• Nakajima Ki-43-II-Ko: Mostly used as a fighter bomber.
  • Nakajima Ki-43-IIa: The wing was "clipped". Windscreen and canopy were altered. 13 mm armor protection for the pilot was added. Crude self sealing fuel tanks were installed. Hard points under wings.
  • Nakajima Ki-43-IIb: Had 2: 12.7 mm machine guns in wings. Hard points in wings were repositioned.
  • Nakajima Ki-43-II KAI:
  • Nakajima Ki-43-III: Had more powerful engine (1,230 HP). Speed was 358 / 576 kph.
  • Nakajima Ki-43-IIIa:
  • Nakajima Ki-43-IIIb: It was to have cannons, but it never entered service. Developed by Tachikawa. Had Mitsubishi Ha-112 radial engine installed (1,300 HP).

Usage

Japan and Thailand were the countries that used the Ki-43.

The first 40 Ki-43-I-Hei were in service by December 1941.

The Nakajima Ki-43 was used in Burma, China, the Philippine Islands, Thailand, and the Japanese home islands.

It was equal to the Allied fighters early in the war but was soon outclassed by the newer Allied designs.

First Campaigns

The Ki-43 was first used in the Malayan, Netherlands East Indies, and Burma campaigns.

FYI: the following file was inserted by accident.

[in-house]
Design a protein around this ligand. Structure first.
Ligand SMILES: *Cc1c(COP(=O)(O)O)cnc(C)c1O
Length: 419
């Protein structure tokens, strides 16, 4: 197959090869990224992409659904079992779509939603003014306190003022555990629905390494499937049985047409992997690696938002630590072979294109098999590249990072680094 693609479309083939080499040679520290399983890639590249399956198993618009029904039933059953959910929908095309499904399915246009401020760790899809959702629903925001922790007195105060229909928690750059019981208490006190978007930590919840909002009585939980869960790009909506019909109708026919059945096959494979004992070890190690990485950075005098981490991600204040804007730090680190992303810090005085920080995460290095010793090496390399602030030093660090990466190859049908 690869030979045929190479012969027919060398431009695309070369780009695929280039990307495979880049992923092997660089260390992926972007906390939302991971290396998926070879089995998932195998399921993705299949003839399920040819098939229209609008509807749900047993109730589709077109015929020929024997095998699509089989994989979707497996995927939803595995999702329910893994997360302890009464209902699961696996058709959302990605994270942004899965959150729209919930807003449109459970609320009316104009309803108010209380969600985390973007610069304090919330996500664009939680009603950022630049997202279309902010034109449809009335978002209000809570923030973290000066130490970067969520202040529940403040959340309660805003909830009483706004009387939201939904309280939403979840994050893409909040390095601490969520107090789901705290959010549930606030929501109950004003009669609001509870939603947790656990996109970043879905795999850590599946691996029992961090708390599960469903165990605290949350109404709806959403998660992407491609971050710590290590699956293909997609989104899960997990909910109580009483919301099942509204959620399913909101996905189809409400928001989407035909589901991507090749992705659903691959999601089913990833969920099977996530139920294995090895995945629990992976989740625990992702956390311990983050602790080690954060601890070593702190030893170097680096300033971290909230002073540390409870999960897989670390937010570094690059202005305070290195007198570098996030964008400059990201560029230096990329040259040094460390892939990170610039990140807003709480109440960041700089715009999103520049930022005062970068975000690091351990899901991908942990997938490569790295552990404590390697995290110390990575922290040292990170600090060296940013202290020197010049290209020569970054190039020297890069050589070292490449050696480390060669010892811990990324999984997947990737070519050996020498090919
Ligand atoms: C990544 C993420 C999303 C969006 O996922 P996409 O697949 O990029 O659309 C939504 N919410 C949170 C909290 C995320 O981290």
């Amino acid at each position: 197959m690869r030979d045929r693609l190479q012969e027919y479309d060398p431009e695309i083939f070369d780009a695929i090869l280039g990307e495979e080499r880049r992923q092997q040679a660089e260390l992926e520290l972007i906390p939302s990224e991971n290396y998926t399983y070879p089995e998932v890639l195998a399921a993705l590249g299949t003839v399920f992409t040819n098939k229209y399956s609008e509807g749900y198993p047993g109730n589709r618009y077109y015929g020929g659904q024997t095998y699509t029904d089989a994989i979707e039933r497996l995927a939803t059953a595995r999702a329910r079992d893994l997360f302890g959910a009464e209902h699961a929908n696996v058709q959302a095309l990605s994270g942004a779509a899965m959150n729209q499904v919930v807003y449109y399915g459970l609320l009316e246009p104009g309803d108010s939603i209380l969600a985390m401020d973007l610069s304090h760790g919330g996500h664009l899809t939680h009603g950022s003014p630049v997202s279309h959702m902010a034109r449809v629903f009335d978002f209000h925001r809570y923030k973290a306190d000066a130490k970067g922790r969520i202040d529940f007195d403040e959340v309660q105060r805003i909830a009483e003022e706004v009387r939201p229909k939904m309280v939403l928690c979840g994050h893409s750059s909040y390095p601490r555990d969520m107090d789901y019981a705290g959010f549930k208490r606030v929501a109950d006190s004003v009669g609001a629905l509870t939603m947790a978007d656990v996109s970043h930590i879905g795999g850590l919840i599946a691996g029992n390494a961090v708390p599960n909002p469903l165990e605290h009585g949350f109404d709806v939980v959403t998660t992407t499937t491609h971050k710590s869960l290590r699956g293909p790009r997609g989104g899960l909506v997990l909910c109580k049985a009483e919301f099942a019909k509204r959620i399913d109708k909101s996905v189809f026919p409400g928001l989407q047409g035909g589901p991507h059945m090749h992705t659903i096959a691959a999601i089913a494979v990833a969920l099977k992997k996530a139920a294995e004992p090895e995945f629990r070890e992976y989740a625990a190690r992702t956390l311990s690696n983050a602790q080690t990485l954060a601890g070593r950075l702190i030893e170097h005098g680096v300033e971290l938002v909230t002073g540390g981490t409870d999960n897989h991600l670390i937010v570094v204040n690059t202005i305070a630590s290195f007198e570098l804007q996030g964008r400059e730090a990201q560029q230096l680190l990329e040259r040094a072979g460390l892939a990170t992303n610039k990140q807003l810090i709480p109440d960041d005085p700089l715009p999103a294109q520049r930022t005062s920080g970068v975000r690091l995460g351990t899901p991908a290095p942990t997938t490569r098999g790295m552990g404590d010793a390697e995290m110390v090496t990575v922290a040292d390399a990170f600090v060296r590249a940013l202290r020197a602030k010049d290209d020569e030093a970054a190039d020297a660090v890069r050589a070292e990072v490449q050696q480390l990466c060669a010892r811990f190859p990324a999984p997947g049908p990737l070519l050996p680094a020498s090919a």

Thailand Use

The Royal Thai Air Force received twelve Ki-43s and these were used against American planes in southern China.

Captured Tests

In September 1943 the Allies had captured several Oscars and were able to construct a complete one that they tested and were able to figure out how to counter it's exceptional maneuverability at low speed.

Kamikaze

The Ki-43s were often used in kamikaze missions by 1945.

Post World War II

Many Ki-43s survived to be used by the Indonesian forces against the Dutch. French pilots used some Ki-43s in Indo-China.

Specifications

  Nakajima Ki-43-I Hayabusa
Type Fighter
Crew 1
Engine (Type) Nakajima Ha-25
Cylinders Radial 14
Cooling  
Net HP 980
Propeller blades 2
Dimensions  
Span 37' 6.5"
11.44 m
Length 28' 11.75"
8.83 m
Height 10' 8.75"
3.27 m
Wing area  
Weight  
Empty  
Loaded  
Maximum load  
Performance  
Speed  
Speed @ 13,120' /
4,000 m
308 mph
495 kph
Cruising speed 199 mph
320 kph
Climb to 16,405' /
5,000 m
5.5 minutes
Service ceiling 38,500'
11,735 m
Range  
Range with external fuel tanks 808 miles
1,300 km
Armament  
  Nakajima Ki-43-Ia Hayabusa
Type Fighter
Crew 1
Engine (Type) Nakajima Ha-25
Cylinders Radial 14
Cooling Air
Net HP 980
Propeller blades  
Dimensions  
Span 37' 6"
Length 28' 11"
Height 10' 8"
Wing area  
Weight  
Empty 3,483 lb
1,580 kg
Loaded 4,515 lb
2,048 kg
Maximum load 5,695 lb
2,583 kg
Performance  
Speed  
Speed @ 13,125' /
4,000 m
308 mph
Cruising speed  
Climb  
Service ceiling 38,500'
Range 745 miles
Range with external fuel tanks  
Armament 2: MG
Nose 2: 7.7 mm MG
Bombs 66 lb
  Nakajima Ki-43-Ib Hayabusa
Type  
Crew  
Engine (Type)  
Cylinders  
Cooling  
Net HP  
Propeller blades  
Dimensions  
Span  
Length  
Height  
Wing area  
Weight  
Empty  
Loaded